In circumstances where the leisure activity is strenuous to the elderly person, then it is likely that they will suffer some negative consequences. A reduction in the level of activity can be beneficial in some instances depending on the type of leisure activity as well as the psychological and physical attributes thereof. Some leisure activities have been shown to be destructive, for example, engagement in alcohol use and smoking may increase the chances of mortality.
Elders that seem stressed are alleviated through the engagement in leisure activities; therefore, chances of developing depression are significantly reduced. On the other hand, stress can accumulate as a result of inactivity, hence predisposing the elderly person to depression, stress among other conditions. Leisure activities play a significant role in life satisfaction hence promotes good health among the elderly. Activities done by the elderly ranging from basic aspects such as bathing and dressing are very significant in enhancing their activity. Leisure activities can either be physical while others may not.
Some leisure activities are very important for the elderly; these may include having a quiet time, walking, gardening, religious participation, and communing with others among other aspects. When an elderly person is able to have a positive perception of their past, present, and future, then they stand at a good chance of living a fulfilled life. This fulfillment is based on the view that they are engaged throughout the time they have at their disposal. This makes them be explorative and have a positive perception of their lives. Psychological wellbeing is a very important facet to the life of an elderly person.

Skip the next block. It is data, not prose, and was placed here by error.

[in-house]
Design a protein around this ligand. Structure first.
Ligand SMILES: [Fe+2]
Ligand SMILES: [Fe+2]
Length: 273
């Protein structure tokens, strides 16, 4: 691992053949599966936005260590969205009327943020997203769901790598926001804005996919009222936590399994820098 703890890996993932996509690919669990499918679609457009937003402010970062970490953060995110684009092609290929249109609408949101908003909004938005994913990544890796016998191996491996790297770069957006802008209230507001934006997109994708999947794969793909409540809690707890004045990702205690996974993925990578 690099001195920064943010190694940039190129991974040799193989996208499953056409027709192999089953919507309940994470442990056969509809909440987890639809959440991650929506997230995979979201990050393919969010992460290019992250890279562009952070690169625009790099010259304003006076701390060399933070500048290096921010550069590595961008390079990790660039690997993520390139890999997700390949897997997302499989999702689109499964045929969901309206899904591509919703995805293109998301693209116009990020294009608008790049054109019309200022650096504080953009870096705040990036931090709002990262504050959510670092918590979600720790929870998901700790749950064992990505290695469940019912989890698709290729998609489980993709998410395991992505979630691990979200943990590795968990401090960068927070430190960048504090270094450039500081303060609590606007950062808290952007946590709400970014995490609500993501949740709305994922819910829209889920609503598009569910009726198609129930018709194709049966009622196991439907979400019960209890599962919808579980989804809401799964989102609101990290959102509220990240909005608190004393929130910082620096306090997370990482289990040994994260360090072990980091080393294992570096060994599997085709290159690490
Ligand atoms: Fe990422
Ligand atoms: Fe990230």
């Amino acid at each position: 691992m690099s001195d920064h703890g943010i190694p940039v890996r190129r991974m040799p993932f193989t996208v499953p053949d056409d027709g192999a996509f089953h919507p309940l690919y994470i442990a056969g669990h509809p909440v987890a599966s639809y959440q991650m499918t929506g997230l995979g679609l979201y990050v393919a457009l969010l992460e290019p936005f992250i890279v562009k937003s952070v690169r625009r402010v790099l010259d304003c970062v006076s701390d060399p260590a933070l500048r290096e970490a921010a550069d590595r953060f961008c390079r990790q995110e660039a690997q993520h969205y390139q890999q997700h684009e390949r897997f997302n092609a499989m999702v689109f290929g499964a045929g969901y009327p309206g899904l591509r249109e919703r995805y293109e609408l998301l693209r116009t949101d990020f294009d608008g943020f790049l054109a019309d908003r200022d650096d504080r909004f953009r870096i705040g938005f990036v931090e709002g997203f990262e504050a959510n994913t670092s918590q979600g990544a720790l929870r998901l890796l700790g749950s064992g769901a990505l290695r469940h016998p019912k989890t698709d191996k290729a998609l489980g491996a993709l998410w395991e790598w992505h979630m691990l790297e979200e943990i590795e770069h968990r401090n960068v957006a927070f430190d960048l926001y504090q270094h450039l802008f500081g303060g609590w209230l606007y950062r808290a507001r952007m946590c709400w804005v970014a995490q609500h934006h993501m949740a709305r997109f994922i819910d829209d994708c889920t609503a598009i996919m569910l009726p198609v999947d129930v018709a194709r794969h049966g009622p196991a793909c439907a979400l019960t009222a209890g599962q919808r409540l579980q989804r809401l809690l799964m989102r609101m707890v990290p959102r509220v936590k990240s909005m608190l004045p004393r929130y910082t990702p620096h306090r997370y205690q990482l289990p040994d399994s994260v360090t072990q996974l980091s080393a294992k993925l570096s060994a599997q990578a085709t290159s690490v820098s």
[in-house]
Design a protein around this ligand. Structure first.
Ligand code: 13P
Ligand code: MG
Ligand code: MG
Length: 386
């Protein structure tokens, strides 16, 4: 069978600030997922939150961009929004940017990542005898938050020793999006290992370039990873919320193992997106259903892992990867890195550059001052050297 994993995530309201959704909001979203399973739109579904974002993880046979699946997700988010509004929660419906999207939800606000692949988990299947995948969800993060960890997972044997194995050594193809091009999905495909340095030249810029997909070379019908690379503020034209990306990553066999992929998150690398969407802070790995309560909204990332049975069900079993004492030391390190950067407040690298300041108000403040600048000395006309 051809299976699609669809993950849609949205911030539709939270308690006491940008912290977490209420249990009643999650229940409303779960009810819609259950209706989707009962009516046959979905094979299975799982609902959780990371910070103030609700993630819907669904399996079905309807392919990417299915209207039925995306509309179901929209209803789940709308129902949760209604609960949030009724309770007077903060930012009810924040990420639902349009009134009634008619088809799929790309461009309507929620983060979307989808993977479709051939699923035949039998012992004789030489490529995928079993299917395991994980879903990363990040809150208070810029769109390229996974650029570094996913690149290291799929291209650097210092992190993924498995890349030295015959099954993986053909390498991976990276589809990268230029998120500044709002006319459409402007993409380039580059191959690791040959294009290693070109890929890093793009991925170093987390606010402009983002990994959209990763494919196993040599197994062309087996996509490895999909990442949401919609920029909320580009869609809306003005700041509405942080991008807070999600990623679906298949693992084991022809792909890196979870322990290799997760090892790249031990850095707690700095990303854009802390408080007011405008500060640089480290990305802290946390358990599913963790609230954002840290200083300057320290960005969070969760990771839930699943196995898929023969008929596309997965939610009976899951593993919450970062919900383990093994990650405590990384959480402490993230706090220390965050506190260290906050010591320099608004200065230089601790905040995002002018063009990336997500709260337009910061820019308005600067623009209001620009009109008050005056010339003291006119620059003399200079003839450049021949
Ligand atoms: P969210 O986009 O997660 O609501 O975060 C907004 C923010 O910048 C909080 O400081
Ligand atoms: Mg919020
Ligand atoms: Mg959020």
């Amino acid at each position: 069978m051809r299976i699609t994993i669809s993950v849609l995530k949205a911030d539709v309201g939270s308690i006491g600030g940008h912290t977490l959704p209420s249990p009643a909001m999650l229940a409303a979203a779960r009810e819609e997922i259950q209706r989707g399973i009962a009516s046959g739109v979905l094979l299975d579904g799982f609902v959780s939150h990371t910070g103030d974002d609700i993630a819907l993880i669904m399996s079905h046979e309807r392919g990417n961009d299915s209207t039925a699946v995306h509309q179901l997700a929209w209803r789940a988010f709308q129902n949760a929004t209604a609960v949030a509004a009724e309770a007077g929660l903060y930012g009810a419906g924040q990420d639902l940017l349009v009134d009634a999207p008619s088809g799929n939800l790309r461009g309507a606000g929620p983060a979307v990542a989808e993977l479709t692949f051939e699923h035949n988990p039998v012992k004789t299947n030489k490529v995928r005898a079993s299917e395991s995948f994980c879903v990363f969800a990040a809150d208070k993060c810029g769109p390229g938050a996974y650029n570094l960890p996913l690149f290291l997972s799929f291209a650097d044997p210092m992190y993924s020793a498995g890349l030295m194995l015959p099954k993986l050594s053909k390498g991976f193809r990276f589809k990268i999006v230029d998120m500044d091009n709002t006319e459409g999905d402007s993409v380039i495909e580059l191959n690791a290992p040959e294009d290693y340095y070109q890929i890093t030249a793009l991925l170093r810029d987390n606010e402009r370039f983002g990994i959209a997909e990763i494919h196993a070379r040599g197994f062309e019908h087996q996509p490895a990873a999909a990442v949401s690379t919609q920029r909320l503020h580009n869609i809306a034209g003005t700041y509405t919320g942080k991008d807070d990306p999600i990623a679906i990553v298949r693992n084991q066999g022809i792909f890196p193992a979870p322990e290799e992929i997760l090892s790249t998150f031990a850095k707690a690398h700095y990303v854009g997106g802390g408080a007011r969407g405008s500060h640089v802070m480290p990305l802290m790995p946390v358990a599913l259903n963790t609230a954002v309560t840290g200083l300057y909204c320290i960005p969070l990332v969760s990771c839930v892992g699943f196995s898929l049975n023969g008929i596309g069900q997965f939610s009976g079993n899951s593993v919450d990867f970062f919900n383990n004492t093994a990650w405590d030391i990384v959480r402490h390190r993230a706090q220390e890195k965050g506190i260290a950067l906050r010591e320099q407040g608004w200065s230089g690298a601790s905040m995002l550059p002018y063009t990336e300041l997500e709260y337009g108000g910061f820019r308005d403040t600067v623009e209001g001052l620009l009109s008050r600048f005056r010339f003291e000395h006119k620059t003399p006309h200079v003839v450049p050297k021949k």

Previous research has not clearly elucidated a theoretical framework in which fulfillment can be directly linked with reduced mortality rates. However, satisfaction is linked to a better quality of life, and improved self-efficacy (Bembom, Van der Laan & Haight, 2009). Self-efficacy is a very important aspect that is highly necessary among the aged in order to spell the notion and fears that are associated with death. Leisure activities that are challenging discourage the elderly to participate. According to Crombie et al (2004), an increment in the leisure-based physical activities acts as a source of discouragement to elderly persons.
It is paramount that the elderly should be subjected to activities that they are able to cope with. Such acts as a motivation to them, improving their self-efficacy. The availability of caregivers that take the elderly through phases of constructive physical leisure would motivate them to engage more. This facilitates the motivation that the elderly persons will have. In addition, mild physical activities facilitate the buildup of positive beliefs concerning self for an elderly person.
Despite the high level of awareness among the elderly on the need and benefits of physical leisure activities, the fear that it will strain then makes the majority of them keep off. However, it is important that they are exposed to the activities and encouraged to take part in order to ensure that their health and overall wellbeing is facilitated. The time taken engaging in leisure should also be put into perspective; it should not exceed a certain level based on the physiological and psychological status of the elderly person.
Bembom, O., Van der Laan, M. & Haight, T. T. (2009). Leisure-time physical activity and all-cause mortality in an elderly cohort. Pub med; 20(3): 424-430. Retrieved from http://www.ncbi.nlm.nih.gov/pubmed/19333126
Crombie, I. K., Irvine, L., Williams, B., McGinnis, A. R., Slane, P.W., Alder, E. M., & McMurdo, M. E. T. (2004). Why older people do not participate in leisure time physical activity: a survey of activity levels, beliefs and deterrents. Oxford Journals Vol33, Issue: p.287-292.
Paganini-Hill, A., Kawas, C. H. & Corrada, M. M. (2011). Activities and mortality in the elderly: The leisure world cohort study. Journal of Gerontology Series A: Biological Sciences and Medical Sciences; 66 A(5):559-567.
Verghese, J., Lipton, R. B., Katz, M. J., Hall, C. B., Derby, C. A., Kuslansky, G., Ambrose, A. F., Sliwinski, M. & Buschke, H. (2003). Leisure activities and the risk of dementia in the elderly. The New England Journal of Medicine, 348: 2506-2516.